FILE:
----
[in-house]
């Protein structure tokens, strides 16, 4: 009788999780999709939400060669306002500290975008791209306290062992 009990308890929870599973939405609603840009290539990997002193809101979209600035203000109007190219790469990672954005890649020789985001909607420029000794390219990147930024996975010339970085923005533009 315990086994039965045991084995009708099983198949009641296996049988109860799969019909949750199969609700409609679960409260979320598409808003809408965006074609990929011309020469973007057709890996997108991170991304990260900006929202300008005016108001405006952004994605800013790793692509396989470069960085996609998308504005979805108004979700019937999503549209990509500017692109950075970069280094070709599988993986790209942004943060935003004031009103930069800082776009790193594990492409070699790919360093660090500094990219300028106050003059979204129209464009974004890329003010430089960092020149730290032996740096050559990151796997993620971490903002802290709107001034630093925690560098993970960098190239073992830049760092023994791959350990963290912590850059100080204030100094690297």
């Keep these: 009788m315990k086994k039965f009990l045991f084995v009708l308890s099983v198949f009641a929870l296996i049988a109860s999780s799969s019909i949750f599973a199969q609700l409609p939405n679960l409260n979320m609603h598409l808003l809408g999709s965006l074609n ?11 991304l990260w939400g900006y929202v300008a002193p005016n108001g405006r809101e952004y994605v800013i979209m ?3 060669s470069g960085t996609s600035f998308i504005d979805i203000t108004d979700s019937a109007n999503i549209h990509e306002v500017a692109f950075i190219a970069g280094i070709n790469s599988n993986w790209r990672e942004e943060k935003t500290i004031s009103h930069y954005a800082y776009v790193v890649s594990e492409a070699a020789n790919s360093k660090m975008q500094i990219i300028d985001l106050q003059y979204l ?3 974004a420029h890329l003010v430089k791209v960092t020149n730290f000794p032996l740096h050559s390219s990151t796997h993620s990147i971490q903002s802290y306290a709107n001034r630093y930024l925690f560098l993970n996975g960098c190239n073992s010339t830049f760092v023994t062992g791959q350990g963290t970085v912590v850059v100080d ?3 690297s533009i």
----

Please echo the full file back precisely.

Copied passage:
[in-house]
């Protein structure tokens, strides 16, 4: 009788999780999709939400060669306002500290975008791209306290062992 009990308890929870599973939405609603840009290539990997002193809101979209600035203000109007190219790469990672954005890649020789985001909607420029000794390219990147930024996975010339970085923005533009 315990086994039965045991084995009708099983198949009641296996049988109860799969019909949750199969609700409609679960409260979320598409808003809408965006074609990929011309020469973007057709890996997108991170991304990260900006929202300008005016108001405006952004994605800013790793692509396989470069960085996609998308504005979805108004979700019937999503549209990509500017692109950075970069280094070709599988993986790209942004943060935003004031009103930069800082776009790193594990492409070699790919360093660090500094990219300028106050003059979204129209464009974004890329003010430089960092020149730290032996740096050559990151796997993620971490903002802290709107001034630093925690560098993970960098190239073992830049760092023994791959350990963290912590850059100080204030100094690297």
């Keep these: 009788m315990k086994k039965f009990l045991f084995v009708l308890s099983v198949f009641a929870l296996i049988a109860s999780s799969s019909i949750f599973a199969q609700l409609p939405n679960l409260n979320m609603h598409l808003l809408g999709s965006l074609n ?11 991304l990260w939400g900006y929202v300008a002193p005016n108001g405006r809101e952004y994605v800013i979209m ?3 060669s470069g960085t996609s600035f998308i504005d979805i203000t108004d979700s019937a109007n999503i549209h990509e306002v500017a692109f950075i190219a970069g280094i070709n790469s599988n993986w790209r990672e942004e943060k935003t500290i004031s009103h930069y954005a800082y776009v790193v890649s594990e492409a070699a020789n790919s360093k660090m975008q500094i990219i300028d985001l106050q003059y979204l ?3 974004a420029h890329l003010v430089k791209v960092t020149n730290f000794p032996l740096h050559s390219s990151t796997h993620s990147i971490q903002s802290y306290a709107n001034r630093y930024l925690f560098l993970n996975g960098c190239n073992s010339t830049f760092v023994t062992g791959q350990g963290t970085v912590v850059v100080d ?3 690297s533009i």